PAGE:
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Need to Know: Teachers in Kentucky and Oklahoma Go on Strike, Arizona May Follow

Teachers across the country have faced funding cuts, stagnant salaries, and general negligence in state budgets for decades — now they’re turning to direct action to get a better deal.

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Photo via iStock/ AwakenedEye

Children in Oklahoma and Kentucky woke up to an uncharacteristically school-free Monday, but their teachers are still hard at work. After years of stagnant wages, pension cuts, and empty promises from state lawmakers, ten of thousands of educators across the country are taking matters into their own hands, using collective action to walk out of school and demand the funding they so desperately lack.

Inspired by teachers in West Virginia, who striked for nine days last month before winning a 5% raise, school employees across the country are organizing their own actions, standing up to budget cuts and insufficient resources with another wave of walkouts and protests.

According to the Washington Post, teachers across Oklahoma are marching on the state Capitol Monday, demanding $5,000 in annual pay raises for all school employees, $10,000 raises for teachers, and $200 million in additional statewide school funding, to be spent on new textbooks and other in-class resources.

Just last week, Oklahoma lawmakers and Governor Mary Fallin responded to teachers’ protests with a piece of legislation awarding public school teachers $6,000 in raises and $50 million in new funding. But for educators who had not seen a base salary raise in over ten years, the partial concession was not enough to dissuade Monday’s planned walkout.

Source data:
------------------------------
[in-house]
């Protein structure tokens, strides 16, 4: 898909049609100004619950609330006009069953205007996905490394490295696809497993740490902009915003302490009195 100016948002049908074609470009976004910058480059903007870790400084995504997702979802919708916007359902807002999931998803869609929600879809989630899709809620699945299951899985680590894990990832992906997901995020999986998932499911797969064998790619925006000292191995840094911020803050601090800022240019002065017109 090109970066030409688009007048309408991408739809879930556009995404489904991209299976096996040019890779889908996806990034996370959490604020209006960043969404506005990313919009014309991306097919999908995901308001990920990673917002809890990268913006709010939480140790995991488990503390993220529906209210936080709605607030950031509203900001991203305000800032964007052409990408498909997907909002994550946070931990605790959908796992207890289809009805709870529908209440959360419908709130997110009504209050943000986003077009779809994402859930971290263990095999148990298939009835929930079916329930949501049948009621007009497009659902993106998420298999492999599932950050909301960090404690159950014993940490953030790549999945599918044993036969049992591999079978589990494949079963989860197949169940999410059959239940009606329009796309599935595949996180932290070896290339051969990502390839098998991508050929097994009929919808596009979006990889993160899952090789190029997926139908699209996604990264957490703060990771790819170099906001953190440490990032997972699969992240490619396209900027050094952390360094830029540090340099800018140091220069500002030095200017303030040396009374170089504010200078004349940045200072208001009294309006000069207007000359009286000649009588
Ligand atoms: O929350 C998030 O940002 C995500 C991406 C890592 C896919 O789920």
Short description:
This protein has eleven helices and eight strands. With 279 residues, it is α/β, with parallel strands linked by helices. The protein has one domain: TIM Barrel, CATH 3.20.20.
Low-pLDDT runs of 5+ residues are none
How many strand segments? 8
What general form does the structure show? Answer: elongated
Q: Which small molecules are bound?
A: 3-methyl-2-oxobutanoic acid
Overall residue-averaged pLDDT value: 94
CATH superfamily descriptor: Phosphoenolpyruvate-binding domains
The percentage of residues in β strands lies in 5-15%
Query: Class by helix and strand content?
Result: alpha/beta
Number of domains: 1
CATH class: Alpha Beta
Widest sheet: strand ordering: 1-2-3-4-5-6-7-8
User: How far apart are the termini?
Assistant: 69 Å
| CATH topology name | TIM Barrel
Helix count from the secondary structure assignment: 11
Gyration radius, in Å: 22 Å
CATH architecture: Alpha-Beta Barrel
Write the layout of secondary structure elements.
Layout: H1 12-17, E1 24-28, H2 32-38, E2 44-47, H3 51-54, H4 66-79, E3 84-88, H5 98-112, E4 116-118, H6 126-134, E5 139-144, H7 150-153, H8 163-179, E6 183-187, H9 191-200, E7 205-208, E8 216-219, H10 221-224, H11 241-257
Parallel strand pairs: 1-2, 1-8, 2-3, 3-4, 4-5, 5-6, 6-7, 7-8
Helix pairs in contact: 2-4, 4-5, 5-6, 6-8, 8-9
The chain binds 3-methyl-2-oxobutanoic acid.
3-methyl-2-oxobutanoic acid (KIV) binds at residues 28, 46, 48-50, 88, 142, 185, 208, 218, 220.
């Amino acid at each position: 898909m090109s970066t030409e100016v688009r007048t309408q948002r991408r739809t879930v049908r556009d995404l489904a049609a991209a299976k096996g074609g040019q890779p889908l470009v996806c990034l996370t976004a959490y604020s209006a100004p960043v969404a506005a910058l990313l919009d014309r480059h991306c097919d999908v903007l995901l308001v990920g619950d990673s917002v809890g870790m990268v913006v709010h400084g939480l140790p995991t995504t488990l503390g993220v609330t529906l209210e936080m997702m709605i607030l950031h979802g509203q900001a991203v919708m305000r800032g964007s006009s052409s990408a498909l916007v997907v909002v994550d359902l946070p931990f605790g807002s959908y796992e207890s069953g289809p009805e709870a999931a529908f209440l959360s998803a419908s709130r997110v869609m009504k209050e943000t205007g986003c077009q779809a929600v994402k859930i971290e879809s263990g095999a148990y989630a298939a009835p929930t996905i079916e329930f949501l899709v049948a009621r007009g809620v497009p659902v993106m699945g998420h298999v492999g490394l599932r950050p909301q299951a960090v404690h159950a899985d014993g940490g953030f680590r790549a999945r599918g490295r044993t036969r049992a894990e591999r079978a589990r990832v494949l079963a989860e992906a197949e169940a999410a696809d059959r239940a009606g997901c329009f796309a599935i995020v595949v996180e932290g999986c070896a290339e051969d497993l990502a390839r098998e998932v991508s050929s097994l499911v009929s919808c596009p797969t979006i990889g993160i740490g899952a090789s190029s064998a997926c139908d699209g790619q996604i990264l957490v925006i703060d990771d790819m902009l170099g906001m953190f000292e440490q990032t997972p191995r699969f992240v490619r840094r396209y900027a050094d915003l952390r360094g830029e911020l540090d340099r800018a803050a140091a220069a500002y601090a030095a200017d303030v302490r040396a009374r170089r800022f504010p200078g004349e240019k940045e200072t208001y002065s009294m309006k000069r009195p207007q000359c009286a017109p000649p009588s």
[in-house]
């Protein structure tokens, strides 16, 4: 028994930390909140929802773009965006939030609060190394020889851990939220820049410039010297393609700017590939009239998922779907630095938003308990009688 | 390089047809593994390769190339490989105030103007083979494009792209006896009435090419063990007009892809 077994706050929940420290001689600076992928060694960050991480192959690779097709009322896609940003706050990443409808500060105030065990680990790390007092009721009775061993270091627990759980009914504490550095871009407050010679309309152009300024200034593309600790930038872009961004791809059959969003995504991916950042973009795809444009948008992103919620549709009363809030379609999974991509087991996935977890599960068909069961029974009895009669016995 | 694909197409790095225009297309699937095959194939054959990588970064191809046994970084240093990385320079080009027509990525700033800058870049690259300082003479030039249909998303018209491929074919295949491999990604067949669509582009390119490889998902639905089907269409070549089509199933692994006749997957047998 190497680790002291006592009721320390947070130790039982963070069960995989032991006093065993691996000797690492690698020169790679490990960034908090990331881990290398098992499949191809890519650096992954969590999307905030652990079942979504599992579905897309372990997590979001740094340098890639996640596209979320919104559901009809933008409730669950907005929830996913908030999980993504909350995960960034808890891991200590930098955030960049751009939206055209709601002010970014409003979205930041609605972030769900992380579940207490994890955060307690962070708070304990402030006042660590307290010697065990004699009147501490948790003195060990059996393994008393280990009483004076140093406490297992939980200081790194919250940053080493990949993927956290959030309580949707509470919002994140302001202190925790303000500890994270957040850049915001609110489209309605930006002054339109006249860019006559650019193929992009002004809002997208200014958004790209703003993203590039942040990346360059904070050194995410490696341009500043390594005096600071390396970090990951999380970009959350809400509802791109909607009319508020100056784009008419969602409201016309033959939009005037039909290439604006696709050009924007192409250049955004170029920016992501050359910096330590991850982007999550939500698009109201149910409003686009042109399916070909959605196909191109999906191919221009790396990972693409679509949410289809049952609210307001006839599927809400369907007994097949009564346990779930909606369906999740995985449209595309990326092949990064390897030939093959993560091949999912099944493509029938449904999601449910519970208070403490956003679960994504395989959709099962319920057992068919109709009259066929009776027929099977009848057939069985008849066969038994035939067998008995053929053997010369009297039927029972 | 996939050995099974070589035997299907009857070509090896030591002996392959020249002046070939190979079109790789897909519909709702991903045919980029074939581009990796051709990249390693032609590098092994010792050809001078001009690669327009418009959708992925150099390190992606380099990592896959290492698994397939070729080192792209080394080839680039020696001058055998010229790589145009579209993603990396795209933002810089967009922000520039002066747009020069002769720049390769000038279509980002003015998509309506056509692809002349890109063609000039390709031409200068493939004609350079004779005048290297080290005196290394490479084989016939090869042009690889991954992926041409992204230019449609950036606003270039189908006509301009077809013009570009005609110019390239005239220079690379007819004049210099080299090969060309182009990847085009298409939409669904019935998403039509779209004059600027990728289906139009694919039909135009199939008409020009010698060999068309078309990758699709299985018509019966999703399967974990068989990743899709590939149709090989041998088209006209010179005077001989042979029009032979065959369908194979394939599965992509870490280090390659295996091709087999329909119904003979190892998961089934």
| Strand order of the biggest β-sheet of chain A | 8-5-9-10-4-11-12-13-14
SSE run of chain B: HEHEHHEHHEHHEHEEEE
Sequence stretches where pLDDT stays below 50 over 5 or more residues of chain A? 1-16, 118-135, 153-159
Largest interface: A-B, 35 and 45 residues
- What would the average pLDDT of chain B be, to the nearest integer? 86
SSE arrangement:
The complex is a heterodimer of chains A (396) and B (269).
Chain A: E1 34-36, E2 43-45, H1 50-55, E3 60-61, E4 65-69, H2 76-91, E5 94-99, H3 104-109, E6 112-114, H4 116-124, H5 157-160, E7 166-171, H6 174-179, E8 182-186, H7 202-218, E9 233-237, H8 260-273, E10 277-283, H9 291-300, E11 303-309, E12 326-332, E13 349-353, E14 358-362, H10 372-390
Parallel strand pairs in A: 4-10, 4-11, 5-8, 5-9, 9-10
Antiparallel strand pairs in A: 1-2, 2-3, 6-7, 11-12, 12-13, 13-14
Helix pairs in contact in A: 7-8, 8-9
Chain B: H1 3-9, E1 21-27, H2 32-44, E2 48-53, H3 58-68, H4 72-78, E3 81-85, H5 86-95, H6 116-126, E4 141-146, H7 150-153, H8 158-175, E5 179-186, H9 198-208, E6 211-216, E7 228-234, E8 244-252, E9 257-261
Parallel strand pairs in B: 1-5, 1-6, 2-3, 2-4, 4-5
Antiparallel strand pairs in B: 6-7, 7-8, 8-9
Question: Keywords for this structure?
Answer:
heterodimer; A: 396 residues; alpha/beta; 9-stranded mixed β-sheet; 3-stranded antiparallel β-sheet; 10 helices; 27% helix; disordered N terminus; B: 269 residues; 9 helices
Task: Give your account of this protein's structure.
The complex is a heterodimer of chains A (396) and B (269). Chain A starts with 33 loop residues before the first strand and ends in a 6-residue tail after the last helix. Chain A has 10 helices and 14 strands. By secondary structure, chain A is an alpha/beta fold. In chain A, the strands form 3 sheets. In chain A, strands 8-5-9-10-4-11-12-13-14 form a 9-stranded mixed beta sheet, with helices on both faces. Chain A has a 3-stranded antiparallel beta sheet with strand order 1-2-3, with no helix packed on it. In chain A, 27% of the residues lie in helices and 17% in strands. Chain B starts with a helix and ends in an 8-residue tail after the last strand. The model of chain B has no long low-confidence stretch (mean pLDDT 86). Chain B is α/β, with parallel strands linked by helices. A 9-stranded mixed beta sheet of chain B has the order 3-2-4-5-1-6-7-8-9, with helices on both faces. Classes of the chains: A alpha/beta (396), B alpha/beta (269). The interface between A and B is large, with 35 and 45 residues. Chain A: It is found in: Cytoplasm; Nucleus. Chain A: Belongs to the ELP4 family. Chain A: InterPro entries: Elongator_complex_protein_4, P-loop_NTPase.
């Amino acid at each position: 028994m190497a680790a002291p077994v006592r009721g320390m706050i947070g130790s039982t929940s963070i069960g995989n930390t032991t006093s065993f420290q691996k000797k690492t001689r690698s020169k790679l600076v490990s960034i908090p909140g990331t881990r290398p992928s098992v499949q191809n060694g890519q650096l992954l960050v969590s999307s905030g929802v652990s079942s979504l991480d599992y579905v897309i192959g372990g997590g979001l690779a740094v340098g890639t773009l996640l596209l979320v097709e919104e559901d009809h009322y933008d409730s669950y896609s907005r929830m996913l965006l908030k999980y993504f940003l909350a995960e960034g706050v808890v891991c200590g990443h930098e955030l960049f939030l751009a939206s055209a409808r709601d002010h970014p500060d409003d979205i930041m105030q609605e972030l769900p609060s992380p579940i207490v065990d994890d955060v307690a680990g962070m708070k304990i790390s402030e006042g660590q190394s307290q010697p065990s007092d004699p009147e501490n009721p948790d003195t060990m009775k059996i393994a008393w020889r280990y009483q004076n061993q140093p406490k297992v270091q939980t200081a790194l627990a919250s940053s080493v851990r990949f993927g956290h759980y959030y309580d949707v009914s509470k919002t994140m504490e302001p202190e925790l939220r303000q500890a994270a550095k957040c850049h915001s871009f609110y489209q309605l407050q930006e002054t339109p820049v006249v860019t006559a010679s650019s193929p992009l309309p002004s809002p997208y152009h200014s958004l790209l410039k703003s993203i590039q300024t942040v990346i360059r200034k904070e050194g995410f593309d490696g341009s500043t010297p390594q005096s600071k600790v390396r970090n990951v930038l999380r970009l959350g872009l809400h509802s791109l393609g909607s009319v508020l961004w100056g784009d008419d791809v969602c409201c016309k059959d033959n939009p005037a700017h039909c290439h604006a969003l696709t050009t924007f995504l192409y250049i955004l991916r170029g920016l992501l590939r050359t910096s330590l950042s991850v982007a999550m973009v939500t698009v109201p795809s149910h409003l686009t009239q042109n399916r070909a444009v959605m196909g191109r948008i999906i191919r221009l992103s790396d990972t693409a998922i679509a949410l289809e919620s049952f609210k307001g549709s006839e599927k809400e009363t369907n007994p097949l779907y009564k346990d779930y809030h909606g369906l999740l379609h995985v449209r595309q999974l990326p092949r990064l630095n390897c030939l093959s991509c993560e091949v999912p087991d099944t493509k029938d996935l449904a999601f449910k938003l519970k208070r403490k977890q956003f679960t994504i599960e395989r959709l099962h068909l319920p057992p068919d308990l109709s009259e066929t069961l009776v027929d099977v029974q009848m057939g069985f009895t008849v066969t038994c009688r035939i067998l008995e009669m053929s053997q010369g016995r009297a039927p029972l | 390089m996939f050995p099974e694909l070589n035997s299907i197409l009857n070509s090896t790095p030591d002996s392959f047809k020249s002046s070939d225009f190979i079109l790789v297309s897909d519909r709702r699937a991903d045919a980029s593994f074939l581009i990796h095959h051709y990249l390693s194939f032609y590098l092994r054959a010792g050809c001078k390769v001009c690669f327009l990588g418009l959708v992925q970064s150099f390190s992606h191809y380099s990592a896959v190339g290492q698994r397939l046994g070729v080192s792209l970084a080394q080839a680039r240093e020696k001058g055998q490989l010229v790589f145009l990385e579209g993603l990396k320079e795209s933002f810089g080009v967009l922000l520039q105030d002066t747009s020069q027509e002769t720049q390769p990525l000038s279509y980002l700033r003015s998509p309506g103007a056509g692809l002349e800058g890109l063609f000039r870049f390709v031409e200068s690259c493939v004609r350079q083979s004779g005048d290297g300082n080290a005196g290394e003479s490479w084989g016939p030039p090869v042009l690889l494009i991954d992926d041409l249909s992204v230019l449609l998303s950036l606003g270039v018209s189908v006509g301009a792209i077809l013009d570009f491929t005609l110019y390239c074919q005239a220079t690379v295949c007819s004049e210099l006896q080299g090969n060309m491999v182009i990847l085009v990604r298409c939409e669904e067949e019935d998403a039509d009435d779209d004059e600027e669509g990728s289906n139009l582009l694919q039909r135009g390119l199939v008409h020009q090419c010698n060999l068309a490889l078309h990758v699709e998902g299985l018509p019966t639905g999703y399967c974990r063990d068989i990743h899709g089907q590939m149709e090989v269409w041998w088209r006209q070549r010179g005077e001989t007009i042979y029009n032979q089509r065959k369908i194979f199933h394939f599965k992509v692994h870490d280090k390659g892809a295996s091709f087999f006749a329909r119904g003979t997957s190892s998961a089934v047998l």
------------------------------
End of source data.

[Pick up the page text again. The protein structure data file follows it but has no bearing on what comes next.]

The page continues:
“They had to make us go to the extreme, and now they’re just trying to throw a Band-Aid on it and it’s just not going to work,” Alberto Morejon, an Oklahoma middle school social studies teacher, told the Post.

The education budget is so bad in Oklahoma that, in addition to problems like children sharing outdated textbooks and insufficient technology programs, a number of schools across the state have transitioned to four-day weeks because they lack the funding to literally keep the lights on.

In Kentucky, thousands of teachers are rallying at the state Capitol in Frankfort in continuation of a protest that began Friday, when public school teachers across the state called out or requested substitutes after Bluegrass State legislators passed teacher pension cuts as part of a bill that originally concerned the state’s sewage system.

Friday’s impromptu protest resulted in the closure of schools in over 20 counties, with even more schools expected to be shut down Monday. In a statement encouraging Kentucky teachers to leave their classrooms and hit the streets, Kentucky Education Association President Stephanie Winkler called the bait-and-switch pension cuts “a bomb that exploded on public service.”

Similarly, Arizona teachers have expressed outrage at their state’s lack of education funding and support for teachers, with NPR reporting that thousands of teachers gathered at the state Capitol last week to threaten their own walkout if teachers aren’t awarded a 20% raise and budgetary resource increases statewide. It is not yet clear when or if Arizona teachers will go on strike.

Back in Oklahoma, teachers say they have no plans to return to classrooms until their demands are met, and they are able to not only provide for their own families but for the students they are tasked with educating as well.

"This isn't just about teacher salaries," David DuVall, executive director of the Oklahoma Education Association, told CNN. "This is about funding our schools for our students."